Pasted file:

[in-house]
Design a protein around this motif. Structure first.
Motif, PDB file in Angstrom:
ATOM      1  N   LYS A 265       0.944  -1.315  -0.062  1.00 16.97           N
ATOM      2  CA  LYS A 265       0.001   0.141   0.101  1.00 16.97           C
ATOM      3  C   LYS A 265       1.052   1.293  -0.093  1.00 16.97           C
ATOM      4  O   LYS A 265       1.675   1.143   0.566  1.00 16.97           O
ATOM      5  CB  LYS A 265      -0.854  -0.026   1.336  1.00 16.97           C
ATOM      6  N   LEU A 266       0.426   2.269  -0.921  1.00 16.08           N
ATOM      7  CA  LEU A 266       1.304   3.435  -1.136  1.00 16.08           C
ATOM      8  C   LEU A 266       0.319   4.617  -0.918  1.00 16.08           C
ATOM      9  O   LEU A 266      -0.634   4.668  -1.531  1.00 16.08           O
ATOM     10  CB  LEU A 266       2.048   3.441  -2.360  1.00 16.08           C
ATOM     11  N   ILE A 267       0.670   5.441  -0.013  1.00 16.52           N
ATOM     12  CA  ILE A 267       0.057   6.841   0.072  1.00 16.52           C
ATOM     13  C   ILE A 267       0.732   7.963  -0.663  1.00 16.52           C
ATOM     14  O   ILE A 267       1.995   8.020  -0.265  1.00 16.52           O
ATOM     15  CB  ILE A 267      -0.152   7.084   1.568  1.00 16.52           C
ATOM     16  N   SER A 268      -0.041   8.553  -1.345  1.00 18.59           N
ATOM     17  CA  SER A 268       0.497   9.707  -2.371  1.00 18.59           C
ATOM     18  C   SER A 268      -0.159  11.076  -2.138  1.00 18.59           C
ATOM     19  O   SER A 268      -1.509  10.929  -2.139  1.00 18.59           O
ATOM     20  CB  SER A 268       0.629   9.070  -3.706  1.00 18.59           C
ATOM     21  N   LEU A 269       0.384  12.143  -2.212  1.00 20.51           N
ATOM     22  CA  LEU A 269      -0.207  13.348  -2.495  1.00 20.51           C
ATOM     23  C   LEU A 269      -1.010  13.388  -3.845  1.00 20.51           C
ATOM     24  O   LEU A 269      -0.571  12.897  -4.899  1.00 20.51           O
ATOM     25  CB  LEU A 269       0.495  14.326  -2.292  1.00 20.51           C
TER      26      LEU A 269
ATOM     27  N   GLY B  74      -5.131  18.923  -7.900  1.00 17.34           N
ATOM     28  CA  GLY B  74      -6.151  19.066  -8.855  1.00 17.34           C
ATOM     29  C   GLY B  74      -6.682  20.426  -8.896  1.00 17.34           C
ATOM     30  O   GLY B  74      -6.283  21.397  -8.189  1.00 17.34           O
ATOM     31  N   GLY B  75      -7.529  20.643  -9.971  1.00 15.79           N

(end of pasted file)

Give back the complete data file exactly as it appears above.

[in-house]
Design a protein around this motif. Structure first.
Motif, PDB file in Angstrom:
ATOM      1  N   LYS A 265       0.944  -1.315  -0.062  1.00 16.97           N
ATOM      2  CA  LYS A 265       0.001   0.141   0.101  1.00 16.97           C
ATOM      3  C   LYS A 265       1.052   1.293  -0.093  1.00 16.97           C
ATOM      4  O   LYS A 265       1.675   1.143   0.566  1.00 16.97           O
ATOM      5  CB  LYS A 265      -0.854  -0.026   1.336  1.00 16.97           C
ATOM      6  N   LEU A 266       0.426   2.269  -0.921  1.00 16.08           N
ATOM      7  CA  LEU A 266       1.304   3.435  -1.136  1.00 16.08           C
ATOM      8  C   LEU A 266       0.319   4.617  -0.918  1.00 16.08           C
ATOM      9  O   LEU A 266      -0.634   4.668  -1.531  1.00 16.08           O
ATOM     10  CB  LEU A 266       2.048   3.441  -2.360  1.00 16.08           C
ATOM     11  N   ILE A 267       0.670   5.441  -0.013  1.00 16.52           N
ATOM     12  CA  ILE A 267       0.057   6.841   0.072  1.00 16.52           C
ATOM     13  C   ILE A 267       0.732   7.963  -0.663  1.00 16.52           C
ATOM     14  O   ILE A 267       1.995   8.020  -0.265  1.00 16.52           O
ATOM     15  CB  ILE A 267      -0.152   7.084   1.568  1.00 16.52           C
ATOM     16  N   SER A 268      -0.041   8.553  -1.345  1.00 18.59           N
ATOM     17  CA  SER A 268       0.497   9.707  -2.371  1.00 18.59           C
ATOM     18  C   SER A 268      -0.159  11.076  -2.138  1.00 18.59           C
ATOM     19  O   SER A 268      -1.509  10.929  -2.139  1.00 18.59           O
ATOM     20  CB  SER A 268       0.629   9.070  -3.706  1.00 18.59           C
ATOM     21  N   LEU A 269       0.384  12.143  -2.212  1.00 20.51           N
ATOM     22  CA  LEU A 269      -0.207  13.348  -2.495  1.00 20.51           C
ATOM     23  C   LEU A 269      -1.010  13.388  -3.845  1.00 20.51           C
ATOM     24  O   LEU A 269      -0.571  12.897  -4.899  1.00 20.51           O
ATOM     25  CB  LEU A 269       0.495  14.326  -2.292  1.00 20.51           C
TER      26      LEU A 269
ATOM     27  N   GLY B  74      -5.131  18.923  -7.900  1.00 17.34           N
ATOM     28  CA  GLY B  74      -6.151  19.066  -8.855  1.00 17.34           C
ATOM     29  C   GLY B  74      -6.682  20.426  -8.896  1.00 17.34           C
ATOM     30  O   GLY B  74      -6.283  21.397  -8.189  1.00 17.34           O
ATOM     31  N   GLY B  75      -7.529  20.643  -9.971  1.00 15.79           N